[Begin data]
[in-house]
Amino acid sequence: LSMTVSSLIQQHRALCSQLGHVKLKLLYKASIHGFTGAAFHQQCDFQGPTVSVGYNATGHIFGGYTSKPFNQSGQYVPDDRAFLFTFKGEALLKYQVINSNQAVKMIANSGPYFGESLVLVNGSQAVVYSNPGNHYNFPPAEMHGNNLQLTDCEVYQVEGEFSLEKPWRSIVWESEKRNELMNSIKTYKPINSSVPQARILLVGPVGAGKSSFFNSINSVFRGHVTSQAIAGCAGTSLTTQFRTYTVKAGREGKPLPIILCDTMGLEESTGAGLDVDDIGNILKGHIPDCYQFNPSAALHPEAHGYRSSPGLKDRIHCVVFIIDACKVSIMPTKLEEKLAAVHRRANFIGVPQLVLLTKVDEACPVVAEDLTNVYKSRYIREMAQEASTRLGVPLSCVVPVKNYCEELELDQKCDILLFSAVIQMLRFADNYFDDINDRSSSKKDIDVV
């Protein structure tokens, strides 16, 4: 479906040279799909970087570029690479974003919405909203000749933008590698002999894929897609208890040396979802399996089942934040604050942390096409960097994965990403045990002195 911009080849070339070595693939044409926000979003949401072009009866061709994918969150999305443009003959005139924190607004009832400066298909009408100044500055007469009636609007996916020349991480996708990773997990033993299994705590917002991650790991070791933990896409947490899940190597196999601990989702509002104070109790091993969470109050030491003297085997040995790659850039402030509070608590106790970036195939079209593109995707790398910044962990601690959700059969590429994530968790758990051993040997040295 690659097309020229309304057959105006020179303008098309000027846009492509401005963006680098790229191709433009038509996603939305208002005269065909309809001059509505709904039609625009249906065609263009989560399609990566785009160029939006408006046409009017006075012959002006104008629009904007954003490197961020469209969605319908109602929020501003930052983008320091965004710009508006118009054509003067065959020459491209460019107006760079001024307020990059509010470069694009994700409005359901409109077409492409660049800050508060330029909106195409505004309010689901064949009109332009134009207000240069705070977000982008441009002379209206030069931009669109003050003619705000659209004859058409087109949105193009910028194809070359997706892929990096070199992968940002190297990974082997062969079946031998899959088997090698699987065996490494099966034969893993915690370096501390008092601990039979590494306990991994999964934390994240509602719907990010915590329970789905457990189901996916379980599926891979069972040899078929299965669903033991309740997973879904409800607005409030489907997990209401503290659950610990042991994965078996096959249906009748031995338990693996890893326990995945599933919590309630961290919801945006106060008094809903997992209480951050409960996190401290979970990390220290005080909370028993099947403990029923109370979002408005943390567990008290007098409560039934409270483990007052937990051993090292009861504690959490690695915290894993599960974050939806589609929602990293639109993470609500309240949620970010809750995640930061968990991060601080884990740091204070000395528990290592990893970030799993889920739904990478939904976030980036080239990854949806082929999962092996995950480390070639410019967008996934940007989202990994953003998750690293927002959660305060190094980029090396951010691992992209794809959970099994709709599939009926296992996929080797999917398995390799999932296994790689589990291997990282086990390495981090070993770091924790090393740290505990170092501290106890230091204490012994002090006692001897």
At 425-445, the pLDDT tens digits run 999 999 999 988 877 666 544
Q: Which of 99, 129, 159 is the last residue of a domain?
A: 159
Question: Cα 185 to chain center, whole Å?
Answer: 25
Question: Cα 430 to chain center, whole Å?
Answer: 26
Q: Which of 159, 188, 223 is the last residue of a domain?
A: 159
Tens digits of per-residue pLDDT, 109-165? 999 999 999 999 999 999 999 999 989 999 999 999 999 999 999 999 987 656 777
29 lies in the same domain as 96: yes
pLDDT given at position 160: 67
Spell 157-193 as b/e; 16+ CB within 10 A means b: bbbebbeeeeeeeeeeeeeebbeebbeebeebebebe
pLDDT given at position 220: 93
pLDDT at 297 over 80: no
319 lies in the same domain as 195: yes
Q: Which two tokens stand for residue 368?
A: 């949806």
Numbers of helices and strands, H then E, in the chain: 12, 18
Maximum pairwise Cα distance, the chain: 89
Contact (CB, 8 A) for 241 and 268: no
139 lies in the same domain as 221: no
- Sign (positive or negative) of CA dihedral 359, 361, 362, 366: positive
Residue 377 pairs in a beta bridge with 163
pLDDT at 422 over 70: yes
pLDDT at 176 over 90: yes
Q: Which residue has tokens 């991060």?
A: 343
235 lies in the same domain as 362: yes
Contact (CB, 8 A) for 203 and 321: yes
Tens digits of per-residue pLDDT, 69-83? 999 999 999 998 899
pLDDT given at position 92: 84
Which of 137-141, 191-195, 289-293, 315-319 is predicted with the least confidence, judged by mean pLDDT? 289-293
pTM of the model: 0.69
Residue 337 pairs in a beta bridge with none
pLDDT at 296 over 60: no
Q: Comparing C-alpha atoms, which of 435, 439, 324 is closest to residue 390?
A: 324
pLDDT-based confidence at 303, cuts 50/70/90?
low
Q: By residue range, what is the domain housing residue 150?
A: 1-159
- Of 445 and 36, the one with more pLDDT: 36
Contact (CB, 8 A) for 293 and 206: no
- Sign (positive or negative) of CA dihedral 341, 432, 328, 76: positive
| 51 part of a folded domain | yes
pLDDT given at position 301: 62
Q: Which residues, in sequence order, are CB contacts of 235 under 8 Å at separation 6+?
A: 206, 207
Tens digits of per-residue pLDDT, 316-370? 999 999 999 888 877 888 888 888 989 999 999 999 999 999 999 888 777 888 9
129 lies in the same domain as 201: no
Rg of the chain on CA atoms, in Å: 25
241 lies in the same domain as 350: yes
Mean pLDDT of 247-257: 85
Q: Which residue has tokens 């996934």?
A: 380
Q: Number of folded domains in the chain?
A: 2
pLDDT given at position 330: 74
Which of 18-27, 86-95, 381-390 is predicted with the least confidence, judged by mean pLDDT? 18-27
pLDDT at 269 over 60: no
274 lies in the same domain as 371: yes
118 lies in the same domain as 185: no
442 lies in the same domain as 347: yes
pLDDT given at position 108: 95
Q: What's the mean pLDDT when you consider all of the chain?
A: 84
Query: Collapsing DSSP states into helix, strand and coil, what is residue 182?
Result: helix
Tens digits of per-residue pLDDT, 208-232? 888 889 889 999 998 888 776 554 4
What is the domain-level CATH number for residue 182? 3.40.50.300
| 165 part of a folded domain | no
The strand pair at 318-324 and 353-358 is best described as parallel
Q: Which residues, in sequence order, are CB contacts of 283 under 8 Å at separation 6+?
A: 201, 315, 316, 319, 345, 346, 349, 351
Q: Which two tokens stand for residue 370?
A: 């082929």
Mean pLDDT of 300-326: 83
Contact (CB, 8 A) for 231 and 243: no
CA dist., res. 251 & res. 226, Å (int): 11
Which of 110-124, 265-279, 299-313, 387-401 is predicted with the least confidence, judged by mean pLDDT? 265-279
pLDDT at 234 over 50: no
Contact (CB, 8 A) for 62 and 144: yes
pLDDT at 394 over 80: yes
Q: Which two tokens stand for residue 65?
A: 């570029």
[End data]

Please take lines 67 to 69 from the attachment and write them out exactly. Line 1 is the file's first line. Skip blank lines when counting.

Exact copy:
442 lies in the same domain as 347: yes
pLDDT given at position 108: 95
Q: What's the mean pLDDT when you consider all of the chain?